Are You Smarter Than a 5th Grader? ACE Certification Exam Math Refresher
Many of you may have seen the television show, “Are you Smarter than a 5th Grader?” and since my daughter is currently in the 5th grade, I thought it would be the perfect title for my blog post about math.
I have worked for 12 years with individuals preparing for ACE exams and a common fear many of them have is around the math. I sometimes ask myself why individuals are so fearful of math questions.
I personally have taken all four ACE exams and don’t recall them being anything more than addition, subtraction, multiplication or division. To help put any irrational fears to rest, I’ve put together some of the common formulas, as well as some helpful math tips, to prepare you for the big day.
Age Predicted Maximum Heart Rate (MHR)
220 - Age = MHR
MHR x % intensity = Target Heart Rate (THR)
Example: 34 years old at 75% intensity
220 - 34 = 186 x 0.75 = 139.5 bpm
Karvonen Formula - Heart Rate Reserve (HRR)
220 - Age = MHR
MHR - Resting Heart Rate = HRR
(HRR x % intensity) + RHR = THR
Example: 34 year old, resting heart rate = 62 bpm, at 75% intensity
220 - 34 = 186 - 62 = 124 x 0.75 = 93 + 62 = 155 bpm
Body Mass Index (BMI)
Weight (kg) ÷ Height2 (m)
Weight conversion: weight in lb ÷ 2.2 = weight in kg
Height conversion: (height in inches x 2.54) ÷ 100 = height in meters
Example: Height = 5’ 8” Weight = 196 lbs.
(5’ x 12) + 8 = 68” 196 / 2.2 = 89 kg
(68” x 2.54) ÷ 100 = 1.73 m
89 kg ÷ (1.73 m x 1.73 m) = 29.7
Desired Body Weight (DBW)
DBW = LBW ÷ (1 - DBF%)
Step 1: 100 % - Fat % = Lean body %
Step 2: Body weight x Lean body % = LBW
Step 3: 100% - Desired fat % = Desired lean %
Step 4: LBW ÷ Desired lean % = DBW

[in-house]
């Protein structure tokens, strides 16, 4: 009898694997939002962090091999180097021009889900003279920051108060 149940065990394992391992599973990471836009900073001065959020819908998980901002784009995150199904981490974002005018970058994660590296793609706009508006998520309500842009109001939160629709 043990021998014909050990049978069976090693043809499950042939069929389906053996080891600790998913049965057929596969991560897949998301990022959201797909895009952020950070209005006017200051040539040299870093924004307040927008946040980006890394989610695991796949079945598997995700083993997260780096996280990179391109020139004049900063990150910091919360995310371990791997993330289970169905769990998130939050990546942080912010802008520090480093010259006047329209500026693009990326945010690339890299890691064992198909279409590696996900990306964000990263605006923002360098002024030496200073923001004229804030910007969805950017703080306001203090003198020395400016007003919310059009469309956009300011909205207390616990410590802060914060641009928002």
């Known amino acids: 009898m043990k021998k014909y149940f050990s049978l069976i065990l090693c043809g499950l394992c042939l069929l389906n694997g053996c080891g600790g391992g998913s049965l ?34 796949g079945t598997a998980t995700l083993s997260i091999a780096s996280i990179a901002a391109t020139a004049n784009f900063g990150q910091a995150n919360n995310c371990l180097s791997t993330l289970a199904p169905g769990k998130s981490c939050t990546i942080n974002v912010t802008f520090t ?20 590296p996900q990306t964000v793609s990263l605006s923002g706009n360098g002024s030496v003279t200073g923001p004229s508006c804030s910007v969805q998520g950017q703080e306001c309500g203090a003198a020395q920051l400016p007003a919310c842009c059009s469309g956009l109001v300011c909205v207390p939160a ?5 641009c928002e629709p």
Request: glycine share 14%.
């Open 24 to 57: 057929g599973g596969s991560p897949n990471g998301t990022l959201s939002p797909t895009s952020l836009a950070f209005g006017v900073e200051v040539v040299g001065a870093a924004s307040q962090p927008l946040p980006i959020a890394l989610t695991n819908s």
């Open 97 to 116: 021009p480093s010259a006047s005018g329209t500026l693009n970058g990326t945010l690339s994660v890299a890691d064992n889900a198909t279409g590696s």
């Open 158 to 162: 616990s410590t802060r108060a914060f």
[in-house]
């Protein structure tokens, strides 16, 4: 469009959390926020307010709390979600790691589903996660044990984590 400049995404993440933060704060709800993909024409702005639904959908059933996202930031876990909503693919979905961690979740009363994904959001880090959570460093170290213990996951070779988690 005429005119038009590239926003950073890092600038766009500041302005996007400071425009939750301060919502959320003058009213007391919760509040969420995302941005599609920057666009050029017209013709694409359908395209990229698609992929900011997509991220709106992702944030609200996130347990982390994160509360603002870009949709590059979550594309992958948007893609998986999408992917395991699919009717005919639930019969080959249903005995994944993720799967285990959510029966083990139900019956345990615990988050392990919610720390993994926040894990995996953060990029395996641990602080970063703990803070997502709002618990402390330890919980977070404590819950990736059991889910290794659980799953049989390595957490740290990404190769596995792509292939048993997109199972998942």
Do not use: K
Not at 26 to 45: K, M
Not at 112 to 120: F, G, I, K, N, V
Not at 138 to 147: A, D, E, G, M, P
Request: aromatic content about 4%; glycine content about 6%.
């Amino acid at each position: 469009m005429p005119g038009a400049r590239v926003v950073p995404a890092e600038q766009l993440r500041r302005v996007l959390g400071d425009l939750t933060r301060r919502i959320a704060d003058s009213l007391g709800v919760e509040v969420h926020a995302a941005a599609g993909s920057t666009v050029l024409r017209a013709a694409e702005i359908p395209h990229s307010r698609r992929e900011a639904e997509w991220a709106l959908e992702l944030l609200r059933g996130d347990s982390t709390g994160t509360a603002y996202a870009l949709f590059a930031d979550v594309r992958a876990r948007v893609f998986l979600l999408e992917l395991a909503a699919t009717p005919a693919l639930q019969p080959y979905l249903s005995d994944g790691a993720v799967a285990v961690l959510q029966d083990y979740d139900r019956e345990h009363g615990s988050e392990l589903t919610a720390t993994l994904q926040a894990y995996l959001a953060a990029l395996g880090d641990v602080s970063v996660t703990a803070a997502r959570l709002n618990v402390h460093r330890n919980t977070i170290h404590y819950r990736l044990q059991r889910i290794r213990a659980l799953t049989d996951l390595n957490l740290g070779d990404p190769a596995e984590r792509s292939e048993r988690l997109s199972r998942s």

Example: 200 lbs. individual with 30 % body fat.
How much will he/she weigh at 25 % body fat?
- 100 % - 30 % = 70 %
- 200 lbs. x 0.70 = 140 lbs. LBW
- 100 % - 25 % = 75 %
- 140 lbs. ÷ 0.75 = 187 DBW
Caloric (kcal) Values per Gram (g)
Fat = 9 kcal/g Alcohol = 7 kcal/g
Carbohydrates = 4 kcal/g Protein = 4 kcal/g
Multiplying by a percent
When multiplying by a percent, remember to move the decimal point 2 places to the left in your final answer.
Dividing by a percent
When dividing by a percent, move the decimal point over 2 places to the right before you start long division.
For example: Your client currently weighs 150 lbs. and is 30% body fat. You know her lean body weight is 105 lbs. and her desired percent body fat is 20%. To find her new ideal body weight at 20 % body fat, you must divide 105 lbs. by her new ideal lean body weight percent, which equals 80% or 0.80 in decimal form.
Finding the percent of a whole
When dividing a bigger number into a smaller number, you must add a decimal point and at least 2 zeros at the end of the smaller number. Be sure to extend the decimal point to your answer — writing your answer to the right of the decimal point since it will ultimately be a percent of the whole.
Looking for more practice with these essential calculations? The Fitness Math course will help you to review these critical math skills and formulae in greater depth so that you are confident and ready come exam day!